08 Jun Dangers of Nostalgia during Addiction Recovery

Nostalgia is by definition is a wistful longing to return to past times or circumstances. The trouble with nostalgia is that these times and circumstances are often romanticized or idealized into seem better than they really were. This causes people to remember only the good things about a particular time while forgetting about all of the negatives and stresses that surrounded those good things. Here is what you need to know about nostalgia during addiction recovery—and how you can prevent it from undermining your successful recovery.
Dangers of nostalgia
It amplifies the good while minimizing the bad.
Just as time heals emotional pain, time can heal those pains associated with your past drug or alcohol use. Nostalgia has the power to make you believe that the time you spent addicted to drugs or alcohol is worth returning to. It can make you forget about all of the stresses and negative consequences of substance abuse that caused you to make the decision to become sober in the first place.
It can prevent you from progressing towards future goals.
When nostalgia has you reminiscing about past substance abuse, it can tear you away from goals that you once made to remain sober for life, holding you in a constant back-and-forth between addiction and sobriety.
It can keep you from appreciating your current life.
Some nostalgia can be so debilitating that it prevents you from appreciating what you have right in front of you. If you’re in the early stages of recovery and are finding that nostalgia is starting to get the best of you, you’ll need to practice techniques for combatting nostalgia. You should also seek the help of a professional, as nostalgia in some can lead to declined physical health and even thoughts of suicide.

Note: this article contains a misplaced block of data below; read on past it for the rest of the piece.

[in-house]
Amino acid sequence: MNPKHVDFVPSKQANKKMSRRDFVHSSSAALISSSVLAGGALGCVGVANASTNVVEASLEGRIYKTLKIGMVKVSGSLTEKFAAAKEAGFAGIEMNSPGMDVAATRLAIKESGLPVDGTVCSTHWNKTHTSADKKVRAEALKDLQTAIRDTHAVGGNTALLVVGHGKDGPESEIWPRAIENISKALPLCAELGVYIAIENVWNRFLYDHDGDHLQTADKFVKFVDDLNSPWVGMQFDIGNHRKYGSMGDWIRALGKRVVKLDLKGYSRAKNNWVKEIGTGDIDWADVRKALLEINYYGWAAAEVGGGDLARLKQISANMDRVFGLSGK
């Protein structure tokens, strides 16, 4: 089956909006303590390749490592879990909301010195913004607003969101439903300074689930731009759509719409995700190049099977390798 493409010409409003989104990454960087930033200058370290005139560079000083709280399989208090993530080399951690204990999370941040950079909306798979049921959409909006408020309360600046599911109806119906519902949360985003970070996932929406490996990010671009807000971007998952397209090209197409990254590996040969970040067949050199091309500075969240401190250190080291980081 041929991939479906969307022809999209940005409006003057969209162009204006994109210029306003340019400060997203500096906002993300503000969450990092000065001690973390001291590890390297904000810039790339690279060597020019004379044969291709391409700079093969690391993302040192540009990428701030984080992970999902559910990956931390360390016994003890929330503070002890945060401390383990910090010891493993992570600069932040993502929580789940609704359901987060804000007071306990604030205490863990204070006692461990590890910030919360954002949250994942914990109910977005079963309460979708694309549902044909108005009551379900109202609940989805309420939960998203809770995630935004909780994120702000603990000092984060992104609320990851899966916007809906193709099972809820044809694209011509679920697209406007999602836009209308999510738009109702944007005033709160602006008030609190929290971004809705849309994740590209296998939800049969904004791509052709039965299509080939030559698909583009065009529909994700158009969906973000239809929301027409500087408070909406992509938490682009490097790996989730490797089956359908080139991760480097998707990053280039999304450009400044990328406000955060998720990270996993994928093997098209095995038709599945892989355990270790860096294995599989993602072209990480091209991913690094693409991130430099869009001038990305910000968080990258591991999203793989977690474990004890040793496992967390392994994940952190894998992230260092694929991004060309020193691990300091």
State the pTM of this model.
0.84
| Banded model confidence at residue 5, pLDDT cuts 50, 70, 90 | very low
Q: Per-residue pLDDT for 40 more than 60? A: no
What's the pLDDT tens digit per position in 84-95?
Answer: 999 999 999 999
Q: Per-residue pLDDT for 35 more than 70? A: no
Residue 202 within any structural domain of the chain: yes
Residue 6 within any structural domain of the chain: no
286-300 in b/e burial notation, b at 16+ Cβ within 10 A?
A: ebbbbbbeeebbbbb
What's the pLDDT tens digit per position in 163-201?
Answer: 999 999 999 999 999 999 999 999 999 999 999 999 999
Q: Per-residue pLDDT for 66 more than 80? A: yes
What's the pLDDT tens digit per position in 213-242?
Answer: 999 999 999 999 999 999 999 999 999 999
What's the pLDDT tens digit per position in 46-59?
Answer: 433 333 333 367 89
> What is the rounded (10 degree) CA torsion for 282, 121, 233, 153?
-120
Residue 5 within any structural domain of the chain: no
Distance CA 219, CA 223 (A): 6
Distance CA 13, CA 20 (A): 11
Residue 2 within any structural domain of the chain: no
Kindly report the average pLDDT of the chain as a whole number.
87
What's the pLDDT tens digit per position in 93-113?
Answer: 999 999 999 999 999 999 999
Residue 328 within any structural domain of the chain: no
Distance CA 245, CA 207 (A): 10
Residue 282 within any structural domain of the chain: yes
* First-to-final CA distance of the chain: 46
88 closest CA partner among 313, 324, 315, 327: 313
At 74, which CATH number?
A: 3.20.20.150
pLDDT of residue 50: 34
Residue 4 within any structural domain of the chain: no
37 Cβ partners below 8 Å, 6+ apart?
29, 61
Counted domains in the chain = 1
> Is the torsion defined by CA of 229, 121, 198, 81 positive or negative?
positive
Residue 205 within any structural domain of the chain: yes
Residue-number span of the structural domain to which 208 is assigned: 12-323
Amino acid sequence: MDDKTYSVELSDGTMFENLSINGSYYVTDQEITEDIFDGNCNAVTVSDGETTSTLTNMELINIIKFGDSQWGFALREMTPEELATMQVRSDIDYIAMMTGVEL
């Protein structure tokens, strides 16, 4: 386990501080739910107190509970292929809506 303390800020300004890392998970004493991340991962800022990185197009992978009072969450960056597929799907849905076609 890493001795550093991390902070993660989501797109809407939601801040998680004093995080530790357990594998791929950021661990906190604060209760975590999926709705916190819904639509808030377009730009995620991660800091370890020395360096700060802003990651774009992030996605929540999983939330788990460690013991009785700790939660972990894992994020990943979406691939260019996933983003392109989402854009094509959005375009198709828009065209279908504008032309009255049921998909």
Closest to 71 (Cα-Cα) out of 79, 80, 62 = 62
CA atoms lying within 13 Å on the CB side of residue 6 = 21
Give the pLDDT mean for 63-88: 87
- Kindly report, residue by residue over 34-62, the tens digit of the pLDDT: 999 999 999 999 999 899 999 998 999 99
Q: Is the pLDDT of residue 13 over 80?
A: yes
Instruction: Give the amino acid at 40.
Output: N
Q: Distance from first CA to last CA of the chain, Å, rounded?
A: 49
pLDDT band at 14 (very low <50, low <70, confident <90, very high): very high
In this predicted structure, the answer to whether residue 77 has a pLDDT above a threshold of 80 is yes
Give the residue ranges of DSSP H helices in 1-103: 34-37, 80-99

How to combat nostalgia
Know what nostalgia looks like.
If you’ve read this far, then you are already better armed to prevent nostalgia from tempting you to turn back to old habits. As you progress through your recovery, remind yourself of what nostalgia looks like and how it works on the mind to tempt you back to addiction.
Make new memories in old settings.
Spending time in places where you once used—and around people whom you frequently used with—is one of the strongest triggers for deep nostalgia. If you frequently find yourself encountering an almost debilitating form of nostalgia when you come into contact with these people and places, make new memories. As long as the settings are sobriety-friendly ones, and as long as the people you are spending time with are supportive of your decision to stay sober, new, wholesome memories can replace those old ones that are feeding you a false sense of the past.
Make your new life fulfilling.
People are more likely to become deeply nostalgic when they aren’t finding fulfillment in their current lives. Even if you are having a difficult time getting past the positive feelings you associate with a past addiction, a wholesome and fulfilling lifestyle that you currently live can trump that.
Kris Groves is a Advanced Substance Use Disorder Counselor and has been working in the field of substance abuse since 1996. Kris is the Program Director for Renaissance Ranch. She has worked in general outpatient and intensive outpatient programs. As a volunteer for the Family Home Evening Program at the Utah State Prison, Kris educates women about addiction and recovery. She has worked as an anger management specialist and workshop presenter for addiction education. She also presents workshops on addiction and recovery in smaller communities in Utah and Idaho.
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